It is also important to note that the diastolic number is not negative. If the diastolic were to read a negative value, this should alert you of two things. First, the patient is dry and needs volume. With a swan in, we can assess CVP (central venous pressure). Remember, CVP is the pressure of blood in the right atrium and reflects fluid volume status (whether a patient is dry or overloaded). A normal CVP on average is between 4-12 mmHg. The second reason would be right ventricular failure. Assess how fluids help, and then if fluids make no change in increasing CVP, an echo might need to be done to see how well the right ventricle is pumping. Both situations are the most common cause for a suction alarm.

The “mean AO” pressure on the controller represents afterload if the patient does not have a swan in place for specific measurements of afterload (aka SVR/SVRI). Goal “AO map” is 60-80 mmHg. A “map” above 80 mmHg can represent an increased or elevated afterload, and that the patient might need afterload reduction (I.e., a Nipride gtt for example). Remember, the SVR/SVRI is always the most accurate indicator of true afterload value. Note that the Impella cannot give optimum support if afterload is too high. The greater the afterload, the more force is needed to push blood from the left ventricle into the aorta.

A very low “map” 30 mmHg or less with a suction alarm can indicate two situations. You need to start CPR, or the device is down too far and close to the aortic valve. You will know when your patient is coding! If the patient is stable, the device will need repositioning.

The “AO” pressure waveform should always be pulsatile as should every aortic waveform (we already know this).

Below the “AO” waveform you will see another waveform which is the left ventricular pressure. The left ventricular pressure is also estimated, as is the aortic pressure. The control screen shows both simultaneously to always show correct placement of the device. The left ventricular systolic peak of the waveform will line up exactly with the aortic systolic peak. We expect that both the left ventricle and aortic peaks will occur at the same time since the aortic valve is open is systole. There are sensors in the device in the LV and the ascending aorta which provide the waveforms and pressures.

Both peaks should always be in line with each other and both waveforms should always be touching one another. If both waveforms are apart from each other, this indicates that the device is against the heart muscle wall and needs to be repositioned.

Note- there will be no LV waveform present with a P-level 3 or less.


The green box shows the motor waveform, and the waveform should always look pulsatile like an aortic waveform.

A flat motor waveform can indicate that the Impella device is entirely in the left ventricle or entirely up and in the aorta. Either way, the device will need to be repositioned.

Impella Flow

This area shows our maximum systolic and maximum diastolic Impella assisted cardiac output in liters/min. This number represents the cardiac output only being provided from the Impella. The largest number is the mean of the systolic and diastolic values.

Patient’s native cardiac output

Cardiac output is the value you will get from your swan thermodilution or FICK calculation depending on provider preference. Select the “MENU” button, and then scroll down to “Enter cardiac output.” The value can be updated to reflect current patient data. Native cardiac output is calculated by subtracting the Impella flow value from the swan cardiac output value. When weaning, trends can be assessed by following native cardiac output as the Impella power flow (P value) is decreased, and less support is provided to the patient.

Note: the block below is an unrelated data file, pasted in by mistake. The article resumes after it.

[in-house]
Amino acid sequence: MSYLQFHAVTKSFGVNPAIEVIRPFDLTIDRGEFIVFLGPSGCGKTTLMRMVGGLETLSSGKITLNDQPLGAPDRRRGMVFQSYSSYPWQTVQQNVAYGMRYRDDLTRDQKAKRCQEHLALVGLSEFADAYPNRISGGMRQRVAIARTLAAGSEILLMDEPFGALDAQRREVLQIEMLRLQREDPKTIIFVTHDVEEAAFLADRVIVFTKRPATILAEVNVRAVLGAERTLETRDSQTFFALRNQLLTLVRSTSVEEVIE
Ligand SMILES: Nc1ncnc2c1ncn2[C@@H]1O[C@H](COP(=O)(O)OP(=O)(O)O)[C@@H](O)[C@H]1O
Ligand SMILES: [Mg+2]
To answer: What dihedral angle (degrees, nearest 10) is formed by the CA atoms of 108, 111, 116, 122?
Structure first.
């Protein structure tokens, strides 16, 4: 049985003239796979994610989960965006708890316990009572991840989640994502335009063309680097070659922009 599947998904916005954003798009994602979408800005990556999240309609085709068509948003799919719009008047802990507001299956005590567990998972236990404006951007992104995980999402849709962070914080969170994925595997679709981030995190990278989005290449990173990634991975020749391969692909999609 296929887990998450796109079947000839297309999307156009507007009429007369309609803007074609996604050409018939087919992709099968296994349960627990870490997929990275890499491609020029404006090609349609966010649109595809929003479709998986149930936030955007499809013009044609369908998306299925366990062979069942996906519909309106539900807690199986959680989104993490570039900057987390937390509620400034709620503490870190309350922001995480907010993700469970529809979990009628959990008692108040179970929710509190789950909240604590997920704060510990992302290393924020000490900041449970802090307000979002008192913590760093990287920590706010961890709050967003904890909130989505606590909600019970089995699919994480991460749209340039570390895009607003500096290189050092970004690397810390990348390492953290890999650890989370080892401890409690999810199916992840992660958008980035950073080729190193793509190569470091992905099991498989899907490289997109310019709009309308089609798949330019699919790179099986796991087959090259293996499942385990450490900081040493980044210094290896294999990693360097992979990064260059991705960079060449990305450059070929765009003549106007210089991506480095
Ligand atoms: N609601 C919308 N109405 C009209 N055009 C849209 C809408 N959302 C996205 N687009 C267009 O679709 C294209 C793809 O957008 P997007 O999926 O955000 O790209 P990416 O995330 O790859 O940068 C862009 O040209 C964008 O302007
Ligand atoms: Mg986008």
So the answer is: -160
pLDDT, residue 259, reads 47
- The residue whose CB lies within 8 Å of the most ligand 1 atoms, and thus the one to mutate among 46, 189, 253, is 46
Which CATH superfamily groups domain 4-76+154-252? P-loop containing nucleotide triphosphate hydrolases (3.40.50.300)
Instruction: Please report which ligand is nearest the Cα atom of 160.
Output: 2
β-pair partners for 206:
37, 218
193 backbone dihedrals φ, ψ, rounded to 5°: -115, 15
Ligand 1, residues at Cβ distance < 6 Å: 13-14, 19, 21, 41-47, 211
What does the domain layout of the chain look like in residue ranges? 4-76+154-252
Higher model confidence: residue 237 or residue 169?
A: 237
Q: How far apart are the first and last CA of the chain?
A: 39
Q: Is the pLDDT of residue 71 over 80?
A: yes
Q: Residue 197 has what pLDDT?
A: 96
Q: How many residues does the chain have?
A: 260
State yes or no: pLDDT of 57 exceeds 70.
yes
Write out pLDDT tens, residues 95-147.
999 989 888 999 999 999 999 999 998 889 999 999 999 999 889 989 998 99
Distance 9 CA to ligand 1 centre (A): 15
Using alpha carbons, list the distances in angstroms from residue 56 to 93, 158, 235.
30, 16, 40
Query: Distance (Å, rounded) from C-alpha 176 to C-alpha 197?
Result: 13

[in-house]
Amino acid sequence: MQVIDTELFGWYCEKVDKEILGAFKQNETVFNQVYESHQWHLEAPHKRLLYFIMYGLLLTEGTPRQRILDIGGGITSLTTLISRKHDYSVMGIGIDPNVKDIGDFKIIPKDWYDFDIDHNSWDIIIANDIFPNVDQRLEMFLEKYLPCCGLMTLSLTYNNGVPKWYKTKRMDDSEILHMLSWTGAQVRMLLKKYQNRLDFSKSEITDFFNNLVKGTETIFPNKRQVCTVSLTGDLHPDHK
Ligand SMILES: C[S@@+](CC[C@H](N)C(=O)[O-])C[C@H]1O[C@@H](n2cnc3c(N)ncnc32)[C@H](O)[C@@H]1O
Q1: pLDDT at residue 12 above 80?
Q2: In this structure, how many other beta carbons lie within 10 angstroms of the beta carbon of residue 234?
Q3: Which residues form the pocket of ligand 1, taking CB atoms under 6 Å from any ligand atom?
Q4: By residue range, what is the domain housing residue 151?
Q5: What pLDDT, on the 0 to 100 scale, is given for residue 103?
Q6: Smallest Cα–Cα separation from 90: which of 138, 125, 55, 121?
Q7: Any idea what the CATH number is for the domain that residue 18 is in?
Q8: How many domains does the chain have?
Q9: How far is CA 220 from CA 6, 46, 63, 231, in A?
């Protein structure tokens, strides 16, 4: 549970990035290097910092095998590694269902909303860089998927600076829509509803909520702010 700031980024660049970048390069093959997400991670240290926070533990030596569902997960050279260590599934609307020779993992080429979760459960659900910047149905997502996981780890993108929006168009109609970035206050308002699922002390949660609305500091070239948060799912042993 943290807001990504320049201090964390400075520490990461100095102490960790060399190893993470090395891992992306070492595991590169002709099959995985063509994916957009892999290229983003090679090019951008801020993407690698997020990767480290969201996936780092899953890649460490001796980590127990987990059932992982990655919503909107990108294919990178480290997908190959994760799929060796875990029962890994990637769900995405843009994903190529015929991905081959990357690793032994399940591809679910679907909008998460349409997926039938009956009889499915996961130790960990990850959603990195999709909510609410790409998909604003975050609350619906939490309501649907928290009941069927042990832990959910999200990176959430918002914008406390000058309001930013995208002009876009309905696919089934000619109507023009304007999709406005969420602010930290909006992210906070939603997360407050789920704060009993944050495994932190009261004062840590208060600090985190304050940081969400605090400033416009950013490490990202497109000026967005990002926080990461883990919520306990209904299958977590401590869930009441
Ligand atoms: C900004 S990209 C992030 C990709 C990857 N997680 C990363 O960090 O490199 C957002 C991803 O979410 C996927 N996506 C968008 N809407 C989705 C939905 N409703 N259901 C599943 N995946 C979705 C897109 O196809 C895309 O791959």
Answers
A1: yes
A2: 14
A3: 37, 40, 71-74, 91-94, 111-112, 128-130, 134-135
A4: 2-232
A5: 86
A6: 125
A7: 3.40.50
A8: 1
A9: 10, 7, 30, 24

Cardiac power output

Cardiac power output is a value that represents the patient’s mortality risk. An average goal is 1.0 and above. A value 0.8 or less is indicative that a provider needs to be aware. This value is calculated by multiplying cardiac output and map, divided by a constant. This value is also important to watch for trends. The lower the value, the higher the mortality risk. You will see other values change on the screen as this number changes, further representing there is a problem.


Last, but not least we have our P-level on the screen. The P-level indicates the power level of the motor while running. P-levels range from P-9 (maximum) to P-0 (controller turned off). When the controller is turned on for the first time for a patient, the controller will set the P-level to automatic, which is equivalent to P-9. A patient is weaned from support by decreasing P-level.

Code blue

If your patient requires CPR, always turn the P-level to P-2. Patient blue = P-2. This turns the motor down but not off. It is safe to perform CPR with the Impella device in use. After achieving ROSC, the P-level can be increased per provider order.

A representative is available 24/7, so if you have a simple question or need guidance with the controller, call the number listed on the controller. It is always safest to ask than assume and risk patient safety.

The Impella heart pump is an amazing device that protects a patient’s native heart function. You can view real patient stories by going to and click on “Explore patient stories.” You will be amazed! I have no affiliation with AbioMed or am receiving any profit from this company; I simply just love this device and what it has done for patients.

FACT: Remember, if it was easy, anyone could do it!

Megan is a Registered Nurse in Ohio with experience in neonatal, cardiac, and pulmonary intensive care, as well as invasive cardiac cath lab.

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Specializes in ICU. Has 4 years experience.

This was a great article filled with tips and info that will benefit many nurses. Thank you for writing!

ghillbert, MSN, NP

3,796 Posts

Specializes in CTICU. Has 27 years experience.

Important to note that only the Impella 5.5 LVAD which is a surgically implanted device can provide up to 5.5L of flow, and is therefore often required for cardiogenic shock or end stage heart failure to provide adequate output. The Impella CP is generally used in the cath lab for PCI support as it can be placed percutaneously, but it can only provide around 3.5L flow.

Another key issue is patient positioning, as it's easy to dislodge the pump so that it moves from it's very particular position between the aortic and mitral valves, and in that case will need to be repositioned with echo or fluouro. 

Finally, be very alert for signs of hemolysis - Impella patients should have LDH, plasma free Hgb checks as the very high motor revolution speeds can cause significant intravascular hemolysis.  


2 Articles; 20 Posts

Specializes in ICU. Has 42 years experience.

I love Impella. We are starting to use it in our ICU. Great info!